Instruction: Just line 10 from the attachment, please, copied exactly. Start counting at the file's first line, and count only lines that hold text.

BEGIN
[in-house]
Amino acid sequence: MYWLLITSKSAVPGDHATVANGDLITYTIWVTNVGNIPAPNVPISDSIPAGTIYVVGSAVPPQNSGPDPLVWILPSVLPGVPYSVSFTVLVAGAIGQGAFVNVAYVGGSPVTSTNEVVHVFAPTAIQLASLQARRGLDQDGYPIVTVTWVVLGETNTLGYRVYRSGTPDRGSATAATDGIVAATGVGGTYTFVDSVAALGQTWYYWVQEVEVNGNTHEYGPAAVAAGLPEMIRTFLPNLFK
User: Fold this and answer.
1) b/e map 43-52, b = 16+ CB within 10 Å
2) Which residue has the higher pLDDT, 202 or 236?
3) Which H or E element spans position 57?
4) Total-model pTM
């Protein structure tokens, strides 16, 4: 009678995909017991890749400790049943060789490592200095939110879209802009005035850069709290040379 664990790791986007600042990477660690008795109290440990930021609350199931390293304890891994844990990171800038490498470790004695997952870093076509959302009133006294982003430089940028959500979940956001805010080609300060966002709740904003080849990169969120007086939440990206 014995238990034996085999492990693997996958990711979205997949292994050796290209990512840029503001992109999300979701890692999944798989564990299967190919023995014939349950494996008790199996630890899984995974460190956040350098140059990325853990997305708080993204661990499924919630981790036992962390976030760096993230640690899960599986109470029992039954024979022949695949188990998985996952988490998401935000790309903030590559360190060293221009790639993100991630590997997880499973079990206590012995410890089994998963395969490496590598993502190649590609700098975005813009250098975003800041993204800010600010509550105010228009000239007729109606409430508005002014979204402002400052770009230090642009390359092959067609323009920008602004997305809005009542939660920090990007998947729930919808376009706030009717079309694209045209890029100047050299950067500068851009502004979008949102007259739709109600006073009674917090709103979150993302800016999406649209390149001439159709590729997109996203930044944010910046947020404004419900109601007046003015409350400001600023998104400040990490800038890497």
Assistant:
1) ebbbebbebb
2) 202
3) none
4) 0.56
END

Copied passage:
1) ebbbebbebb